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Greetings again Phenomenal Phenols,Sipping on a dram of Tamdhu 10, really appreciating the sherried nature of the whisky. It is actually sherry dominant beyond what I would expect, and here is why; The pot stills at Tamdhu are very pear shaped, which leads me to assume the spirit, undergoing little reflux, would have an assertive character. In the still relatively young 10 year old offering, I'm surprised to not notice so much Distillery character, and get very strong sherry notes instead. Am I not noticing the Malt character due to an inexperienced palate, or are there factors such as heart-cut, fermentation speed, and distillation speed at play as well?thanks in advance for your time and help friends.
I visited Tamdhu around 2011. The Saladin boxes were still in production then. After the sale of the distillery from Edrington (Macallan, Highland Park, Famous Grouse) to Ian Macleod (Chieftains) the selection of casks for the bottlings changed a lot. This was the same when Ian Macleod took over the Glengoyne distillery from Edrington as well.I do not dare to talk about a specific distillery character. A lot of the whisky from Tamdhu is still sold to the Blend industrie. And for that you need a lot of different tasting whiskies. So I would think that there are several processes for the production in place. And which one is used for the new bottling is out of my knowledge.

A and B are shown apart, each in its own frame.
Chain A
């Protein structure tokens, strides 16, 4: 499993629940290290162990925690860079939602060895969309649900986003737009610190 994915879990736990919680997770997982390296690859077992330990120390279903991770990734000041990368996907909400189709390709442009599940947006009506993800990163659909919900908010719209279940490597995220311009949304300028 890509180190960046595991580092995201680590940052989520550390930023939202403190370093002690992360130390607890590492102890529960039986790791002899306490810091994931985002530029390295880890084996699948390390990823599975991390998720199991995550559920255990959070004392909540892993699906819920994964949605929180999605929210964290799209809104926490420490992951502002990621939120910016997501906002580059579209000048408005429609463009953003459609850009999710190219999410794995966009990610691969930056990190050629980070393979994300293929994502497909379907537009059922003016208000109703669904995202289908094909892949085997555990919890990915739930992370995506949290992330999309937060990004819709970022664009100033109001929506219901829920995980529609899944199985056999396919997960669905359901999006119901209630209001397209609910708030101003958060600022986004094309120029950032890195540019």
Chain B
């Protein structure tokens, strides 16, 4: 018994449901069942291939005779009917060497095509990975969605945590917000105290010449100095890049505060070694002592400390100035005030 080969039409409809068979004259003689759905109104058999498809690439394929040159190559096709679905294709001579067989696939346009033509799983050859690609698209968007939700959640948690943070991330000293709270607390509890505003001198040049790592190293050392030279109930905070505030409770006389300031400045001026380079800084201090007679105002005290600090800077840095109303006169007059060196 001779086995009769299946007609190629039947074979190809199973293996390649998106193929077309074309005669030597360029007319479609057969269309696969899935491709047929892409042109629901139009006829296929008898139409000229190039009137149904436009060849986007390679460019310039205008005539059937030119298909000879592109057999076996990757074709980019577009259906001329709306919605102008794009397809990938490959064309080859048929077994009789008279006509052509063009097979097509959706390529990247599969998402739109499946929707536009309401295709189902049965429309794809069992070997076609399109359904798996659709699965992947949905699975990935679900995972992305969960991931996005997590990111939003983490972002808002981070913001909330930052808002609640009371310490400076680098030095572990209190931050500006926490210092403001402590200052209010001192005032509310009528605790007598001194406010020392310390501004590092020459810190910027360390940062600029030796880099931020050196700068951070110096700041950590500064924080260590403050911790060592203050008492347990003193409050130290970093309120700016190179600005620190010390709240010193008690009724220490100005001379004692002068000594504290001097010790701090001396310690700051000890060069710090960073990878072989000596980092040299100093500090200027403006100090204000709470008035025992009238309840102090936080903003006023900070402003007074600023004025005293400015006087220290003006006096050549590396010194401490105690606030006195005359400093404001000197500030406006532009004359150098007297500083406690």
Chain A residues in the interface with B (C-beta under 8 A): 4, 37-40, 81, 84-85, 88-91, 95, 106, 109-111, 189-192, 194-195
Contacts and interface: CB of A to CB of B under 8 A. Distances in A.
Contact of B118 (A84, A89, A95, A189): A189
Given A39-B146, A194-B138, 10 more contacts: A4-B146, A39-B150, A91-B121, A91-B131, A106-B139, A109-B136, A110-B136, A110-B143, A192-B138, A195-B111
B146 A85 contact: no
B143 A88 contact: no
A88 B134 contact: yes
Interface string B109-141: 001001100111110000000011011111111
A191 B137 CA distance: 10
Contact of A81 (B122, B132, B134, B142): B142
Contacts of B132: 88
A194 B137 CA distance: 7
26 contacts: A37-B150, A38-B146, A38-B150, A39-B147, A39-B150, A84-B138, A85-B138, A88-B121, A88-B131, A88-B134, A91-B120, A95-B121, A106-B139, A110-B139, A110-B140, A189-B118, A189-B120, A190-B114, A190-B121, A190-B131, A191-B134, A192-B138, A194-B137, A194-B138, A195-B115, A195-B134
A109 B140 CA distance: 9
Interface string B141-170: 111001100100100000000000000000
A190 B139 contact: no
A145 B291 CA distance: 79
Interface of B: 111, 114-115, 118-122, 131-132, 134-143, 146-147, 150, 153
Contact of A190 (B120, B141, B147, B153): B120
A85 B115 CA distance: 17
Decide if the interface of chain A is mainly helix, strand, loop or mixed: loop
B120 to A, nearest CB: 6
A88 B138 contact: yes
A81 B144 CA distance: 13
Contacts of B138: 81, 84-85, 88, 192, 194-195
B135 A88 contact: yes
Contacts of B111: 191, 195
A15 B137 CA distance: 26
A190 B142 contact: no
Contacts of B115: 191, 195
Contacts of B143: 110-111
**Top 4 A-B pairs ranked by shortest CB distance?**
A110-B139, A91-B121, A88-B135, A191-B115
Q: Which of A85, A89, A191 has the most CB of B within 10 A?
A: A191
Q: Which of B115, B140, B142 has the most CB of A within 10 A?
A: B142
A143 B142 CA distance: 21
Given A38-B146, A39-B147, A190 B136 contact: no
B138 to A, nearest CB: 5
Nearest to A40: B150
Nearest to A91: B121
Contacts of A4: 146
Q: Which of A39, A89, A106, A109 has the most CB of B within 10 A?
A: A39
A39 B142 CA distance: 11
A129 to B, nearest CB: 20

Thanks Mr Luening. It makes a lot of sense that a distillery that large and diverse as far as who they are providing whisky for would produce a huge variety of spirit. I get caught up in that pastoral fantasy of imagining all distilleries operate like Springbank or Edradour.
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